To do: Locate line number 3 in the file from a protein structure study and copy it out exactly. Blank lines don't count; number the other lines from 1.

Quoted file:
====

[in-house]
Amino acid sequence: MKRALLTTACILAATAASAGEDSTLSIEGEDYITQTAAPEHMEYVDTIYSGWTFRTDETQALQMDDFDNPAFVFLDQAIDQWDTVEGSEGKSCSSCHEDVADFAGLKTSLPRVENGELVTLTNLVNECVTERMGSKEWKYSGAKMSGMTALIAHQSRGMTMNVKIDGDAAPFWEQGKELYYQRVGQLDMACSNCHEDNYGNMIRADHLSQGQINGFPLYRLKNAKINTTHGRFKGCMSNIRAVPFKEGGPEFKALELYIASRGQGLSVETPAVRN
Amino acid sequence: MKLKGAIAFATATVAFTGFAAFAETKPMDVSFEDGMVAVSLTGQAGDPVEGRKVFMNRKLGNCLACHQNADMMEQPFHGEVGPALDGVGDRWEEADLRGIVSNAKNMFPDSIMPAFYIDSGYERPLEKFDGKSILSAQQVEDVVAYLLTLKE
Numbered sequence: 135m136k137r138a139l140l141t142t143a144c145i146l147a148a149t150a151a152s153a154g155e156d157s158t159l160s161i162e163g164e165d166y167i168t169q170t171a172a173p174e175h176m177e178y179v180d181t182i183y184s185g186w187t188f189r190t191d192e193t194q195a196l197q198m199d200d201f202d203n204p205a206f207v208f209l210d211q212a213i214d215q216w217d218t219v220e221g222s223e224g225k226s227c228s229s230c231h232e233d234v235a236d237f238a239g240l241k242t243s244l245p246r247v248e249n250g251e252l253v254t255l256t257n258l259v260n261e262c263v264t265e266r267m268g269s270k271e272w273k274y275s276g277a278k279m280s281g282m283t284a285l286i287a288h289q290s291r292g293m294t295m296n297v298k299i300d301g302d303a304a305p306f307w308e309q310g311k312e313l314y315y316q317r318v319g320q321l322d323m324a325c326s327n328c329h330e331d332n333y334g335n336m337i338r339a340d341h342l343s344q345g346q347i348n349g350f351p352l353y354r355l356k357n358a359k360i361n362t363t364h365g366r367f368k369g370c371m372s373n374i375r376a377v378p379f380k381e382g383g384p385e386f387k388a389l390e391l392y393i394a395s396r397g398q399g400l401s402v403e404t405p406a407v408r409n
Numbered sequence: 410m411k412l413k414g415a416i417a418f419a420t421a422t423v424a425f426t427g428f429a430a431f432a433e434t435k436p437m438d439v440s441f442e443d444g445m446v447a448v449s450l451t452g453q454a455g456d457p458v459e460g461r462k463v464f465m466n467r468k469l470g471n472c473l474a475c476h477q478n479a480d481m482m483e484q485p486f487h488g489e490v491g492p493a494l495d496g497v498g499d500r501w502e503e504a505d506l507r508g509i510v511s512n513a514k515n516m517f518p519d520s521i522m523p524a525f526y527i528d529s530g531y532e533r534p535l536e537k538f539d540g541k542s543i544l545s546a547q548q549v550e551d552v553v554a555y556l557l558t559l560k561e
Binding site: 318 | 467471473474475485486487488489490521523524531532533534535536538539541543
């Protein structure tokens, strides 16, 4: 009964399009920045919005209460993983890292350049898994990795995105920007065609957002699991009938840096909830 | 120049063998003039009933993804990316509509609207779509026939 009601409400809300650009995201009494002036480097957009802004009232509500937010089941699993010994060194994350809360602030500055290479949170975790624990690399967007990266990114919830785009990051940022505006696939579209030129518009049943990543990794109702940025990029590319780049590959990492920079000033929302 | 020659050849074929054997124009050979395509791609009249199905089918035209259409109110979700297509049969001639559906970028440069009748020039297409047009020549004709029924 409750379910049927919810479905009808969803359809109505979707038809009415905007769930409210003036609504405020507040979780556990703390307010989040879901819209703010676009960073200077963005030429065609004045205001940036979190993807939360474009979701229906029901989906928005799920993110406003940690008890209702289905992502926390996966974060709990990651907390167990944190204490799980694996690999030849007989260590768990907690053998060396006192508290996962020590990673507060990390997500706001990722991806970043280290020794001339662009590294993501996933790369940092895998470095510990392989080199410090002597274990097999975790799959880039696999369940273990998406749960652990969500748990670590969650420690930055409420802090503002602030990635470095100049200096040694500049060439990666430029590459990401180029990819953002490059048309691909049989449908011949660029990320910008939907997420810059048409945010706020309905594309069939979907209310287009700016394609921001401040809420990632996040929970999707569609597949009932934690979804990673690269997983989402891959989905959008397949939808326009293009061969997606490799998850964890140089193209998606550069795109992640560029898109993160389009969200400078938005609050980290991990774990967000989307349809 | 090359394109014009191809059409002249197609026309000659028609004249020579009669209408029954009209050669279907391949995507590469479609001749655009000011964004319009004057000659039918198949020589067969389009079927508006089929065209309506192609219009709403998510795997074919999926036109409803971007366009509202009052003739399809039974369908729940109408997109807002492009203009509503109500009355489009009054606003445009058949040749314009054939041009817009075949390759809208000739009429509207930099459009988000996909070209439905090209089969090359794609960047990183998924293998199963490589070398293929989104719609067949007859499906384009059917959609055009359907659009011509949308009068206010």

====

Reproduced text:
Amino acid sequence: MKLKGAIAFATATVAFTGFAAFAETKPMDVSFEDGMVAVSLTGQAGDPVEGRKVFMNRKLGNCLACHQNADMMEQPFHGEVGPALDGVGDRWEEADLRGIVSNAKNMFPDSIMPAFYIDSGYERPLEKFDGKSILSAQQVEDVVAYLLTLKE